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Research round-up (25 October 2018)

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Alternative provision has been in the spotlight recently, as has the issue of school exclusions. The Department for Education recently released the findings of a large-scale investigative research study exploring the landscape of alternative provision.

The stated aims of the study were "to build the evidence base on current practice in alternative provision; and consider whether, how and with what effect schools and alternative provision settings take pupil characteristics into account throughout the process, from early identification through to reintegration".

Summary of the findings:

  • Schools took active steps to identify pupils perceived to be at risk of exclusion and intervened early to prevent this if possible
  • Behaviour ‘logging systems’ (computer-based systems that allow systematic recording and analysing of behaviour issues) were found to work well when used in combination with other approaches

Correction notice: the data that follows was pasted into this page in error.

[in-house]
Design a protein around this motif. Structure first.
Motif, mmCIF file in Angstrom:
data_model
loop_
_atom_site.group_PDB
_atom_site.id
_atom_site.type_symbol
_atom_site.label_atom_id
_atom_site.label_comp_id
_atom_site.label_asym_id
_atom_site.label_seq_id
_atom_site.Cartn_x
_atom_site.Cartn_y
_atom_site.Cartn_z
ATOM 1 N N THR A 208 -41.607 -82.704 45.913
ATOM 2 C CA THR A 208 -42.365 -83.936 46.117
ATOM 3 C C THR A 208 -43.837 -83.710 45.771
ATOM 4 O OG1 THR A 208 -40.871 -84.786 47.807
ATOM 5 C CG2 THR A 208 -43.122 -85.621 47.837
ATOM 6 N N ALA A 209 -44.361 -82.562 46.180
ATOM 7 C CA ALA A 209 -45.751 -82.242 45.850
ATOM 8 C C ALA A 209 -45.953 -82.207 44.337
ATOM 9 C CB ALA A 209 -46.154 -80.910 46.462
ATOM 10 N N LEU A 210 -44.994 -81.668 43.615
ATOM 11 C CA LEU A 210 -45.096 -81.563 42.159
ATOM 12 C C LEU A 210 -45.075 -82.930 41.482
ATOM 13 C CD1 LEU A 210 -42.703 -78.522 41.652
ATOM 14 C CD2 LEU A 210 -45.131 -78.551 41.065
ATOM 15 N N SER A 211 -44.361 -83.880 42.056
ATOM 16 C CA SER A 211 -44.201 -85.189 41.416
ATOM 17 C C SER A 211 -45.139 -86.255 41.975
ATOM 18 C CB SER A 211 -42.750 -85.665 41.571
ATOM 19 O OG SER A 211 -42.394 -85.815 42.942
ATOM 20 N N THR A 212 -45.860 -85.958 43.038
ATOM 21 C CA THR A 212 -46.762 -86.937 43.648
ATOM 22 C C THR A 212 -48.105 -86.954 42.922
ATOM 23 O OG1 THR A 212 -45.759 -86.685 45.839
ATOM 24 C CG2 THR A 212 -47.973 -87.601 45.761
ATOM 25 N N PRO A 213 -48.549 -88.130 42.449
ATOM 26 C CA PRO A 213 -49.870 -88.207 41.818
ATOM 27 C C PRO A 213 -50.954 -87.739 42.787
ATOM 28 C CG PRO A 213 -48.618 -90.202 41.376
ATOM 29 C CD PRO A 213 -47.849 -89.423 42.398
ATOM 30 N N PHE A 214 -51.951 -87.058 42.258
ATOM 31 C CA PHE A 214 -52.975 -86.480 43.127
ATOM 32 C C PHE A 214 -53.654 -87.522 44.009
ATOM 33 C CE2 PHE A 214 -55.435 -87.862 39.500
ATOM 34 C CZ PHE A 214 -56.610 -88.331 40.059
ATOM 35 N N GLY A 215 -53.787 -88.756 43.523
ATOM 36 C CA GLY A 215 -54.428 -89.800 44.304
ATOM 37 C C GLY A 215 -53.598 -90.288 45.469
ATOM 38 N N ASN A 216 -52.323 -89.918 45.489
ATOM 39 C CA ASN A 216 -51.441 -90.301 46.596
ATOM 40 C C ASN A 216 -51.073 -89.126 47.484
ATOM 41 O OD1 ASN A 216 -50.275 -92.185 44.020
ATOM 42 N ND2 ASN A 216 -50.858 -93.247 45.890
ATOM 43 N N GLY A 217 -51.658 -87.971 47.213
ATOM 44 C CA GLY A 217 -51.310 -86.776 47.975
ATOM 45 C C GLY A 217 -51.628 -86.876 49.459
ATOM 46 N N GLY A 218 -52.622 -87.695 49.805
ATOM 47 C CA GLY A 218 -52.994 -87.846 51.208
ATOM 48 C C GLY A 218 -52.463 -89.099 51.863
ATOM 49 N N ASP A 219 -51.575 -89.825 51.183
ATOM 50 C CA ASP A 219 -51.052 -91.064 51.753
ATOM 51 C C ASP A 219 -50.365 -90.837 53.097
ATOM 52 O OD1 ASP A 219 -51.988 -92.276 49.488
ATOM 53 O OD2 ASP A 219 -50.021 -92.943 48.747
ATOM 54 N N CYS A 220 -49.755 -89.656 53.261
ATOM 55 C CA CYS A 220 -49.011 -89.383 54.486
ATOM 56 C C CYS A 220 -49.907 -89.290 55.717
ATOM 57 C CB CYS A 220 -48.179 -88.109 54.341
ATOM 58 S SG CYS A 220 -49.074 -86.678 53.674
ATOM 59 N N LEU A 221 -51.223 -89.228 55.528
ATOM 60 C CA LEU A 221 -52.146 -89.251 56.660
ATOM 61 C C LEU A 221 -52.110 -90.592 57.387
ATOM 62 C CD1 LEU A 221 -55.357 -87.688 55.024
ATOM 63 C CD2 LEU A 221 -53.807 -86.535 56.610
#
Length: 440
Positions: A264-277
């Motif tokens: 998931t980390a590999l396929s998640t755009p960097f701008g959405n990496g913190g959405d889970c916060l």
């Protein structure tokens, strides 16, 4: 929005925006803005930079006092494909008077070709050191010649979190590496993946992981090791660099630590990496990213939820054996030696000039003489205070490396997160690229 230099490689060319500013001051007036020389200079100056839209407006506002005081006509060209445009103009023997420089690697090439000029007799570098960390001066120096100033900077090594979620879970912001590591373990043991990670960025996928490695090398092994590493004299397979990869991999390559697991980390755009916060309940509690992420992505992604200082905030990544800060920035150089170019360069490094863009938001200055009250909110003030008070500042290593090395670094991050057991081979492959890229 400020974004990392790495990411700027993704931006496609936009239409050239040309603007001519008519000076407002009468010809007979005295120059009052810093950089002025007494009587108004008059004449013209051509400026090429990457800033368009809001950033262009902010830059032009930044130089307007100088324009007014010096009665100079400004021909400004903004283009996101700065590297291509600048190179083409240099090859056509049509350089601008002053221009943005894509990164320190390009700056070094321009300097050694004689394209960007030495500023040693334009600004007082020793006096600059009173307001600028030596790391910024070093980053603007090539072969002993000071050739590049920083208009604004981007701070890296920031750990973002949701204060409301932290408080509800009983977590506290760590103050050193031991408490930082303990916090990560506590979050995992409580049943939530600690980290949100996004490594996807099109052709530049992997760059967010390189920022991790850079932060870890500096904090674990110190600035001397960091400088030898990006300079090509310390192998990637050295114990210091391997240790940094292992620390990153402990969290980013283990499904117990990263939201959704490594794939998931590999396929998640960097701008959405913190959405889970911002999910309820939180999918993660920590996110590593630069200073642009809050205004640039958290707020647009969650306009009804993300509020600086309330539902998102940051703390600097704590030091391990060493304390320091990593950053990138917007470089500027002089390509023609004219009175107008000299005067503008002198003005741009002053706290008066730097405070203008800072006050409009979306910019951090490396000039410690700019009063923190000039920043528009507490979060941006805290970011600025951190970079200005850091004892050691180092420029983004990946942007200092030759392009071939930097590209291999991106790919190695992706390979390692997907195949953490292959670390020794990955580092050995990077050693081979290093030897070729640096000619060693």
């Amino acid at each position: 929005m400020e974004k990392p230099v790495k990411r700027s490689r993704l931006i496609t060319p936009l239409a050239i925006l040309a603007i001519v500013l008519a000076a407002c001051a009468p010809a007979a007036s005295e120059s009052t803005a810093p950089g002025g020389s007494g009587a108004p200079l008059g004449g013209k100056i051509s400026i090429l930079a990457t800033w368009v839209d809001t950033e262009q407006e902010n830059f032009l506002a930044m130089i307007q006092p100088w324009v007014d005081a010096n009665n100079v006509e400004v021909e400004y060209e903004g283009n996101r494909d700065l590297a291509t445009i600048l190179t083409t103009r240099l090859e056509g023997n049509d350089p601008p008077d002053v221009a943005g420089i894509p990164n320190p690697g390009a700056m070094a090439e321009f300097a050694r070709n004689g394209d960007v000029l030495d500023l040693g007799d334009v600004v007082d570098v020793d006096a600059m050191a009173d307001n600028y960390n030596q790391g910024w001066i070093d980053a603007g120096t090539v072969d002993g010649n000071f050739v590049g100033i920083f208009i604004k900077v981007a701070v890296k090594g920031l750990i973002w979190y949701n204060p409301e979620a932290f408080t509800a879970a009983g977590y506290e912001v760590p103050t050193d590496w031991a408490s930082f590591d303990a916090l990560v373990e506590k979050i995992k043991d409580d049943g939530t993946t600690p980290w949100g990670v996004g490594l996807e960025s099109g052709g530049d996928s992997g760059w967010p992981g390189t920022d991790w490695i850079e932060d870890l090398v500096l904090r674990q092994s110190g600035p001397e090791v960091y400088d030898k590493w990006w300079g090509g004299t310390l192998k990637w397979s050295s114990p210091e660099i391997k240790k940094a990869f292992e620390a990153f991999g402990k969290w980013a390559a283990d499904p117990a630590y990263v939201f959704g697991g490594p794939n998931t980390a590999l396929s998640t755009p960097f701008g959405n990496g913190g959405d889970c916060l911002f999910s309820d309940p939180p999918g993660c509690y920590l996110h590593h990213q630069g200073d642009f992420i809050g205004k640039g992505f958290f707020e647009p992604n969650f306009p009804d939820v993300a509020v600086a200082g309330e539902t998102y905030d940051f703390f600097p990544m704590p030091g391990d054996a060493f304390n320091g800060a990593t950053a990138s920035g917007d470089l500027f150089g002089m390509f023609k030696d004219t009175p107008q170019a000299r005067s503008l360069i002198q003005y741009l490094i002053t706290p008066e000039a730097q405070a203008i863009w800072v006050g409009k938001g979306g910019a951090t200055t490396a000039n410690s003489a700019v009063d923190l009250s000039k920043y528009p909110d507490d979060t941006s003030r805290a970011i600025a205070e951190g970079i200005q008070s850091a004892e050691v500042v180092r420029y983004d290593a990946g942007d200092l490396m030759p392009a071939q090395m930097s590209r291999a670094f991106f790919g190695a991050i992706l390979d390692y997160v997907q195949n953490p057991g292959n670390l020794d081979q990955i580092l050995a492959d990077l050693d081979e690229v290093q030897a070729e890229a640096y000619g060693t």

• These other approaches included input from pastoral staff and taking into account a pupil’s background and characteristics when deciding how best to respond
  • The support for pupils at risk of referral to alternative provision tended to come from within the school. While schools found external support (eg from a local authority) useful and positive, there were issues with availability, timeliness and budget constraints
  • The main preventative strategies that schools put in place were mentoring, temporary withdrawal, bringing in external specialist support and changes to individual timetabling
  • The main reason why schools used alternative provision was in response to pupils who exhibited persistent disruptive behaviour
  • Schools that didn't use alternative provision had consistent approaches in place to manage behaviour. These included offering alternative curricula, reward programmes, de-escalation techniques, mentoring and pupil code of conduct agreements
  • There was agreement about the process required to facilitate a smooth reintegration where appropriate. These included good communication between the alternative provision, the school and parent/carer. Phased reintegration and additional support/mentoring for the pupil were also identified.

Kind regards

James Bowen

NAHT Edge director